"The smallest calibre to prove its worth was the 20 mm. In Allied navies, this calibre became virtually synonymous with the Oerlikon S, the most powerful of a family of API blowback 20 mm weapons developed by the Swiss firm between the wars.  It was introduced by the RN (Royal Navy) in 1939 and by the USN (US Navy) in 1941. 

"The USN rated the Oerlikon as between eight and ten times more effective in the AA role than the .5" and estimated that it accounted for 32% of Japanese aircraft destroyed by naval AA fire between Pearl Harbor and 1944, after which the figure dropped to 25%." (Page 124, "Rapid Fire") 

OK--so the armed services realized the value of big guns in anti-aircraft guns starting back in WW I, but now where do the air corps come in? 

"By far the most significant of the wartime automatic guns was the first 20 mm automatic cannon in the modern sequences of development, the German Becker.  Development started even before the war but significant use was not made until 1917, when it was first primarily used for the defence of heavy bombers and airships."

A pivotal point is now within reach here, as we show that cannon for bombers was viewed as viable well before WW II. 

"Bomber aircraft logically needed defensive armament capable of defeating fighters, and therefore should have possessed weapons at leat equal in range and hitting power. In fact, a British inter-war study concluded that bombers needed more powerful weapons in order to destroy the engines of fighters as they attacked head-on."  (Page 146, Ibid) 

And speaking of studies, get this! 

"Before the war (WW II) an attempt to transform bomber defensive armament had been made.  An RAF study into air-to-air fighting concluded that a single hit from a 2 lb (0.9kg) shell would be sufficient to destroy most aircraft and in 1938 a specification was issued which led to the production of the Vickers Class S 40 mm gun....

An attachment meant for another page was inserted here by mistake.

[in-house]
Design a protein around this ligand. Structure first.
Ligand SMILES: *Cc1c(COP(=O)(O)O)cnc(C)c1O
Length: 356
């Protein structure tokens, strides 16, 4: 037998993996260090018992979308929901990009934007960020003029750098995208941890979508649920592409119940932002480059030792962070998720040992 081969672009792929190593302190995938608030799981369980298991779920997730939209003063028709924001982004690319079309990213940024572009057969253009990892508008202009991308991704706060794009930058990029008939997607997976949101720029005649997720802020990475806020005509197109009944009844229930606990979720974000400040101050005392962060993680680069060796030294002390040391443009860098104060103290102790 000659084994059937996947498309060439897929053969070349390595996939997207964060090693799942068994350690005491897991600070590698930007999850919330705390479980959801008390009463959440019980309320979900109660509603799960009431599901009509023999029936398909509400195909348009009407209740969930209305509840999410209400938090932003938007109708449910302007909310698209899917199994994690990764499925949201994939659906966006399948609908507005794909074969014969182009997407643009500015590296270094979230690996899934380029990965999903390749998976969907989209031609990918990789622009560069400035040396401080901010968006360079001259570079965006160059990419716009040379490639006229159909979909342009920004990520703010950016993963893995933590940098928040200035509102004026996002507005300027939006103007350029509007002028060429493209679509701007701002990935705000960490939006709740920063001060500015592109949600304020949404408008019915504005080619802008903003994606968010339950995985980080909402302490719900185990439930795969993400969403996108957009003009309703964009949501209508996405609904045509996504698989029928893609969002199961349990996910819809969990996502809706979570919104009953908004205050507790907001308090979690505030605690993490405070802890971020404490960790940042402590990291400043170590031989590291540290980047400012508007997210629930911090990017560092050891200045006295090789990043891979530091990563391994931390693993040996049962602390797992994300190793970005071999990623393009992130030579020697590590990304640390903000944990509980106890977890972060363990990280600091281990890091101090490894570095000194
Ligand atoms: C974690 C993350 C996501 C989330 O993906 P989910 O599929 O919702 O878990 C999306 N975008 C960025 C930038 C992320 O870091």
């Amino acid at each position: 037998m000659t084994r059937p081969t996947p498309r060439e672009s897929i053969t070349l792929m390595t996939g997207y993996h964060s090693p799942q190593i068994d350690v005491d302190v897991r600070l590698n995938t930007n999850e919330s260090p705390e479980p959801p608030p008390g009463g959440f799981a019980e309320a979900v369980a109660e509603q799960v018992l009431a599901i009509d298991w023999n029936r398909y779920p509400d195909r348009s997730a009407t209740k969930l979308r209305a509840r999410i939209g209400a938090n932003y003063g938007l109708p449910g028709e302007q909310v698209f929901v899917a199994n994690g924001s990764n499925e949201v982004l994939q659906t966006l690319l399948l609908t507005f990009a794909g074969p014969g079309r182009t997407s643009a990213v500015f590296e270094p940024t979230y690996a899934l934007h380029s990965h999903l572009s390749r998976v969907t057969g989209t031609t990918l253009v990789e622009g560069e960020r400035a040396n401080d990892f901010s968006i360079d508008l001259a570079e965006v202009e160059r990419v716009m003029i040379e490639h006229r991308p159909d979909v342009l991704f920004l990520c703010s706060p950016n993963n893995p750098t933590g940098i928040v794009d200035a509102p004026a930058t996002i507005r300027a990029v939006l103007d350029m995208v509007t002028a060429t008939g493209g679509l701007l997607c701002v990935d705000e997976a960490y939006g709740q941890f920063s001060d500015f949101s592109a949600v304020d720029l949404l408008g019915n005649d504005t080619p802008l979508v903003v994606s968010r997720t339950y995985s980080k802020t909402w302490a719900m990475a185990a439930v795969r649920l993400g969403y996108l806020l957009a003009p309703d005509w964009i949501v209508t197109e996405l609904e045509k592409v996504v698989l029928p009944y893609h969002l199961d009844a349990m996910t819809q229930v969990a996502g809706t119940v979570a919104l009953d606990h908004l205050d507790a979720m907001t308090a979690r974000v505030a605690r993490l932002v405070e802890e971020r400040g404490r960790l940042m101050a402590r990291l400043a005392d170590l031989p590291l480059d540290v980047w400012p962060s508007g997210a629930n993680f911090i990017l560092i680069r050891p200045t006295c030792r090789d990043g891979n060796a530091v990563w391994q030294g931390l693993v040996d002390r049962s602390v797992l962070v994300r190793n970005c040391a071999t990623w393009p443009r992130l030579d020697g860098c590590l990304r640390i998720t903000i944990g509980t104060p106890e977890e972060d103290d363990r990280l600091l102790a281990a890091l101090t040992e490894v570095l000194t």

"The first example of the Class S was produced in 1939. Initial plans were to fit the gun into a large turret, complete with a rangefinder and predictor gear, to enable bombers to engage attacking fighters at long range. A turret was duly produced and fitted to a much-modified Wellington bomber for airtests, which proved to be quite successful except for a tendency for the muzzle blast to strip the fabric from the structure.  However, by the time it appeared, operation requirements had changed and the idea was taken no further."  (P. 150, ibid.)  

To this very day, one of the closest-held secrets of the U.S. Army Air Forces of WW II is that of the death rate of the bomber crews during combat. Despite horrible mounting losses throughout the war, which totalled 88,000 airmen dead by V-E day, AAF top command refused to arm the B-17s and B-24's operating over Europe with any defensive armament more powerful and with longer range than the Browning .50 caliber machine guns.   

This enabled German fighters and bombers to simply cruise alongside the bomber formations outside .50 caliber range and fire their longer-range and much harder hitting 20 mm (.79 caliber) automatic cannon and fire rockets into our bombers with, of course, deadly results.